Several studies using remote sensing techniques have suggested the presence of active subglacial volcanism in West Antarctica. A recent volcanic seismic swarm was observed below the Executive Committee Range2, young tephra layers have been observed using radar in the Hudson Mountains11 and an ice depression at subglacial Mt. Casertz15, where seismic activity has also been observed16 and has been interpreted to be related to subglacial volcanic activity. However, all of these studies rely on some type of remote sensing, and none were able to directly investigate the physical products of subglacial volcanism. Here, we present the first geochemical and volcanological evidence of subglacial volcanism occurring beneath WAIS obtained directly from associated tephra layers. Furthermore, X-ray micro-computed tomography (μCT) of in situ particles in ice-bound tephra layers allows a 3-dimensional view of the distribution and grain size of particles in three distinct and coarse tephra layers from the WAIS Divide ice core (WDC06A). This is the first time volcanic particles in ice have been imaged to see how particle shape and size vary with depth in the ice core, and this may prove to be a useful tool to help understand and characterize the eruptive history and tephra deposition processes. Based on geochemistry, as well as particle size and morphology, two of these layers, which have ice core ages of 22.3 and 44.8 ka (Table 1), are interpreted to be related to eruptions that probably began as subglacial events, and then breached the ice sheet surface, being deposited locally and preserved within the WAIS, then sampled by the WDC06A ice core. The third layer, in contrast, is from a subaerial volcano and shows no signs of water-magma interaction (ice core age of 32.4 ka). The presence of relatively recent subglacial volcanism in West Antarctica highlights the potential threat of West Antarctic volcanism to future ice sheet stability.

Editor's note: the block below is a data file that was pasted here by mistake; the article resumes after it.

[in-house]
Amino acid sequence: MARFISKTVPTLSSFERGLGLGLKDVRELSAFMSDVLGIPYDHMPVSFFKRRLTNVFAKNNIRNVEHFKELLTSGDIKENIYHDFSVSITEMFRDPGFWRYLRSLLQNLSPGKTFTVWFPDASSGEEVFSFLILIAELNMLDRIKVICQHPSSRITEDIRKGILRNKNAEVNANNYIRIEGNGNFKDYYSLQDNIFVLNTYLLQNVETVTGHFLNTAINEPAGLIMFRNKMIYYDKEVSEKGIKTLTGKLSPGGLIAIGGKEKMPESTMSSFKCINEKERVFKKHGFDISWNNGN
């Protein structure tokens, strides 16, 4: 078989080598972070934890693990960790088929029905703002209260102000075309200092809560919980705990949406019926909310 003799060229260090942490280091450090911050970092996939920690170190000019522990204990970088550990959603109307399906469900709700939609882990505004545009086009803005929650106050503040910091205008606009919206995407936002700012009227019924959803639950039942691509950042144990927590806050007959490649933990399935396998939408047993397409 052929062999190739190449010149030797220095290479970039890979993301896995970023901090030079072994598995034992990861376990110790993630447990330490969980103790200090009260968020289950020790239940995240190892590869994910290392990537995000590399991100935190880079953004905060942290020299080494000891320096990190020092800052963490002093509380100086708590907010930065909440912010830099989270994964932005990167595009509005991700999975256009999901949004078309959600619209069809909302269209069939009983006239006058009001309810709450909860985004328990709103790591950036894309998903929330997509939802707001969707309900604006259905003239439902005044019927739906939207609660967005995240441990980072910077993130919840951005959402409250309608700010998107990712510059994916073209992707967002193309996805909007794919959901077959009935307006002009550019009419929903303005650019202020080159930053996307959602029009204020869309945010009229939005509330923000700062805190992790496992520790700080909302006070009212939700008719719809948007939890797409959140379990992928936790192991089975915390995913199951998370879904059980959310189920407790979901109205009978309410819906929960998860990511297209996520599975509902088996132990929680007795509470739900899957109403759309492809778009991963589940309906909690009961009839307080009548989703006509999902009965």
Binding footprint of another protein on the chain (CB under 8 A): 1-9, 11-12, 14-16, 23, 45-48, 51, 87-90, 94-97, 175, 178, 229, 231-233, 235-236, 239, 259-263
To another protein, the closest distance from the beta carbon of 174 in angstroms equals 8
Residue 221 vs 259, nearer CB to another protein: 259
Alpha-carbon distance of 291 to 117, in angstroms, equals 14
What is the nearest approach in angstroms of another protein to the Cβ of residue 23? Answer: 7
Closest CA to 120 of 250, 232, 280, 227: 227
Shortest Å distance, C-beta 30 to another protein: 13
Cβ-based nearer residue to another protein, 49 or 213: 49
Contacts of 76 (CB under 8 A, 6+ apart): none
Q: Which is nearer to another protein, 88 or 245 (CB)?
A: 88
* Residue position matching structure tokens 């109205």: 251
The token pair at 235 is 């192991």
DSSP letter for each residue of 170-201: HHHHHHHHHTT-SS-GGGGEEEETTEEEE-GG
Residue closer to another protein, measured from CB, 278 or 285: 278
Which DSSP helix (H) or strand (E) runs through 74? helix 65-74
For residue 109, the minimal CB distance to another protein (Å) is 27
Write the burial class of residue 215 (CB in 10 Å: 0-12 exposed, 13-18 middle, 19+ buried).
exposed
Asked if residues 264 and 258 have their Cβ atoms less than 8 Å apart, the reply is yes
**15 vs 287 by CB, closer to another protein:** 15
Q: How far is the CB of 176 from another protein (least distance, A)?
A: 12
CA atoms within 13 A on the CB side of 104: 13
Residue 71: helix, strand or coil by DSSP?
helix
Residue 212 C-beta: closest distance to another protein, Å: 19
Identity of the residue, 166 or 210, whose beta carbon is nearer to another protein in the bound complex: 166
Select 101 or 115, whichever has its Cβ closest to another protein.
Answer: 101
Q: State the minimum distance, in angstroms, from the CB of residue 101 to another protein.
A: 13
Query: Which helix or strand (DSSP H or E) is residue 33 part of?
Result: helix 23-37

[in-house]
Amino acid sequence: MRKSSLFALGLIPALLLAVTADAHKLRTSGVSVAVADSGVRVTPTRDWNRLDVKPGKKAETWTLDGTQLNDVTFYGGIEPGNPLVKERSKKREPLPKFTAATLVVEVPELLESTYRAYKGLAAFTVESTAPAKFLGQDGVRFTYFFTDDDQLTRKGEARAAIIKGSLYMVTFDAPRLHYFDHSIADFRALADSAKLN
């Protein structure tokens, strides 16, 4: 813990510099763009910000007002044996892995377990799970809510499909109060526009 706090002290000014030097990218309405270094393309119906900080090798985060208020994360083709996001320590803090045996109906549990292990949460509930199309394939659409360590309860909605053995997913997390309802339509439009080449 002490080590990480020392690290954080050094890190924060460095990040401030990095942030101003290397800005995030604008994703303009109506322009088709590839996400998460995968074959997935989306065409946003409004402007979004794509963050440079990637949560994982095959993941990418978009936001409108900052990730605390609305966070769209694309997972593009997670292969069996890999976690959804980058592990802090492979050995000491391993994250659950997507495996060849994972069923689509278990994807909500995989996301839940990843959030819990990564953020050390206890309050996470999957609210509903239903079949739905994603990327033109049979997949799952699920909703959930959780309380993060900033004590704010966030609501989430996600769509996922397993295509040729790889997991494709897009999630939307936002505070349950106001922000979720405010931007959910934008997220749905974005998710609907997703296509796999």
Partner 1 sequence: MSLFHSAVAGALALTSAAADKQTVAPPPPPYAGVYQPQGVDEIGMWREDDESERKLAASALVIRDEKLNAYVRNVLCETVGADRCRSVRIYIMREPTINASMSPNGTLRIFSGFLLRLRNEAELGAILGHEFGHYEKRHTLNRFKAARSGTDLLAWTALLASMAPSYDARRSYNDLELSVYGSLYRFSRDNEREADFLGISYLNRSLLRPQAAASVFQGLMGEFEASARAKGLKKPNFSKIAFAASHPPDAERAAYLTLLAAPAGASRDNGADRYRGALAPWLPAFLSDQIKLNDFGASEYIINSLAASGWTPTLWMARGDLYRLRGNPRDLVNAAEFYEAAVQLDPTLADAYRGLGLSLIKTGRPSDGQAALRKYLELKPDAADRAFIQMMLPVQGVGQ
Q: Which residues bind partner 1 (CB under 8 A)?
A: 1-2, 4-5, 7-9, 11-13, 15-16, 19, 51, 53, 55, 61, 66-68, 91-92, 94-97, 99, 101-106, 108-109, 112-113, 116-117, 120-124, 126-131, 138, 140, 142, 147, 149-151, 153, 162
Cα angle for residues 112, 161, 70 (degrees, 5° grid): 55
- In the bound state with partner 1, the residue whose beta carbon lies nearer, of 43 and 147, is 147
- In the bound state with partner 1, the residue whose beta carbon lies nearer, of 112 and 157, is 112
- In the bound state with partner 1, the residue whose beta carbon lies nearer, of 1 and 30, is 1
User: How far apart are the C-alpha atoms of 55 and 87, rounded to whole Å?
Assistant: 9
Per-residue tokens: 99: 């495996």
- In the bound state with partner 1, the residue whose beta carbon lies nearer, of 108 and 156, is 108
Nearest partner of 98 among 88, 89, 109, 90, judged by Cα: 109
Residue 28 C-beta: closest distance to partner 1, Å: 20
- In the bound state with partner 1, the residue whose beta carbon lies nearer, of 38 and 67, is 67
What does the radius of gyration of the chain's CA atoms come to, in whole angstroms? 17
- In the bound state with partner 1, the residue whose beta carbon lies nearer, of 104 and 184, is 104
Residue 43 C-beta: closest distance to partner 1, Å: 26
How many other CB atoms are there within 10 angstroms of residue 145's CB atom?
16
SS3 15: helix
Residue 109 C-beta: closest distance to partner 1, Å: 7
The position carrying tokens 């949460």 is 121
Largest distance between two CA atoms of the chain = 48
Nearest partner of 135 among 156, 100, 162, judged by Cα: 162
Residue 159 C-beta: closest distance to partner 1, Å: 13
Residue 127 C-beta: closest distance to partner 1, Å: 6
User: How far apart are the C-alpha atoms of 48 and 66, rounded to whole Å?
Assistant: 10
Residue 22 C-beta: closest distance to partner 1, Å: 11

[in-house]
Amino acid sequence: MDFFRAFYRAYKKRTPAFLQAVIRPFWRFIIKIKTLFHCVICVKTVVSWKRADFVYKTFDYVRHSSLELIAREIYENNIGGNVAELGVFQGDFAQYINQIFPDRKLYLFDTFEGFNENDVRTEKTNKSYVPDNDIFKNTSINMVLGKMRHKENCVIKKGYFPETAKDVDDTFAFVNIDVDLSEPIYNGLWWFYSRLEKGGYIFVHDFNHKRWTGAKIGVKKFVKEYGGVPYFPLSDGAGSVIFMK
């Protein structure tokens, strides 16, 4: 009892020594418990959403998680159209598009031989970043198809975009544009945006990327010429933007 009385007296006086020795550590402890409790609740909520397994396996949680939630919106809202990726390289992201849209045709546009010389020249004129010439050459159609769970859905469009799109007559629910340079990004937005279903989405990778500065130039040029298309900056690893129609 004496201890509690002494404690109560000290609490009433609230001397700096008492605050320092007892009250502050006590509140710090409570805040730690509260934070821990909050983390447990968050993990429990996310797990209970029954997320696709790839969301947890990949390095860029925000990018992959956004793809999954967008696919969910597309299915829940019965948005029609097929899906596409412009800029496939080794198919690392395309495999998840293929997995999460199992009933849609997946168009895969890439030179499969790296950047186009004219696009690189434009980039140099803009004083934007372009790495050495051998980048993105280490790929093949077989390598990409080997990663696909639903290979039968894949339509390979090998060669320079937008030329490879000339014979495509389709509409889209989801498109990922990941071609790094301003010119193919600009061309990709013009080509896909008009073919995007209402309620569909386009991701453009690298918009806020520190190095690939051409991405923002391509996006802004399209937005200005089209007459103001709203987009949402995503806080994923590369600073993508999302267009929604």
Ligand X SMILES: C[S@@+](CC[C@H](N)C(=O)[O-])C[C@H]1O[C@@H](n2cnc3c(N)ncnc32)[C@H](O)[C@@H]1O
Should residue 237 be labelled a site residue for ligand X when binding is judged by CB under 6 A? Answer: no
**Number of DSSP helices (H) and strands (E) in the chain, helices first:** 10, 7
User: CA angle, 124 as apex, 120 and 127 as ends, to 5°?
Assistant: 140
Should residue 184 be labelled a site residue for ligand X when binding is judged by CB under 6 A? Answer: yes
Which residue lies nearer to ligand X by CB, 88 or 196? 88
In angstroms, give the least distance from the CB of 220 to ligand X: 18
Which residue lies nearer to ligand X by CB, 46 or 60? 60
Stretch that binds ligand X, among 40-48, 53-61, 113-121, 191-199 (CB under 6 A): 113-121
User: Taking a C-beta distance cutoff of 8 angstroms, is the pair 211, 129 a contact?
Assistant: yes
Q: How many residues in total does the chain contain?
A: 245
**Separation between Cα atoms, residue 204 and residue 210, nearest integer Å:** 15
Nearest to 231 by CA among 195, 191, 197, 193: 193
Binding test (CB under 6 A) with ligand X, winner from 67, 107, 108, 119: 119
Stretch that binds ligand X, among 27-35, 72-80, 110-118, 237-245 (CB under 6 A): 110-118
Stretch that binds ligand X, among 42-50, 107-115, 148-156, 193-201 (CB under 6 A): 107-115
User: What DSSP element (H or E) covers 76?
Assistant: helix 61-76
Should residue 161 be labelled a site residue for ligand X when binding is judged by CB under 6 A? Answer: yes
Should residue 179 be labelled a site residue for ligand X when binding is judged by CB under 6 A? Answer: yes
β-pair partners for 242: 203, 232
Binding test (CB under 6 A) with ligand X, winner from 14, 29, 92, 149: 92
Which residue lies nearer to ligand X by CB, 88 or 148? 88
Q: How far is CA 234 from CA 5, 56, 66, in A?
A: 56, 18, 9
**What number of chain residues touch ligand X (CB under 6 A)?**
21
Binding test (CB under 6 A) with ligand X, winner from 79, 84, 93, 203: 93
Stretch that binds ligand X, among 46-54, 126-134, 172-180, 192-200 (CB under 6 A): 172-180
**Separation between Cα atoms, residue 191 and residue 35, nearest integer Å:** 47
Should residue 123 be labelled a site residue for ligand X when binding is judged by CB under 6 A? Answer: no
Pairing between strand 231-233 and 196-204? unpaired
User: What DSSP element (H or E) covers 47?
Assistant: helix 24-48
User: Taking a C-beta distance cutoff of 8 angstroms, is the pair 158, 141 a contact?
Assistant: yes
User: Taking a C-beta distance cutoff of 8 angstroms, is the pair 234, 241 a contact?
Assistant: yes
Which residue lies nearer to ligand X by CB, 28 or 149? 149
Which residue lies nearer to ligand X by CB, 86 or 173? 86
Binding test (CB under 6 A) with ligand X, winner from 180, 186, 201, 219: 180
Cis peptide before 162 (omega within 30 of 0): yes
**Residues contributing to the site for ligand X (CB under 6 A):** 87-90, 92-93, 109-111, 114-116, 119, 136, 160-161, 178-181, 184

Three visible tephra layers from the WDC06A ice core, studied here, were identified by ice core handlers during initial processing of the ice core. We applied two very different, but complementary, types of analyses to these samples – scanning electron microscopy and electron microprobe analysis of particles filtered from the tephra layers, and μCT of the tephra layers preserved in ice core samples.
At New Mexico Tech, tephra from the layers was recovered by melting the ice, filtering the meltwater and then mounting the samples for imaging and quantitative analysis using the methods of Iverson, et al.17. Qualitative and quantitative analysis of tephra shards was performed using a Cameca SX100 electron microprobe. Secondary electron microscope (SEM) images were collected using an accelerating voltage of 15 kV, and a probe current of 0.5 nA. Glass analyses were carried out using a 15 kV accelerating voltage, 10 nA probe current, and defocused beam in order to avoid mobilization of Na during analysis. Details of quantitative analysis protocol can be found in Iverson, et al.17.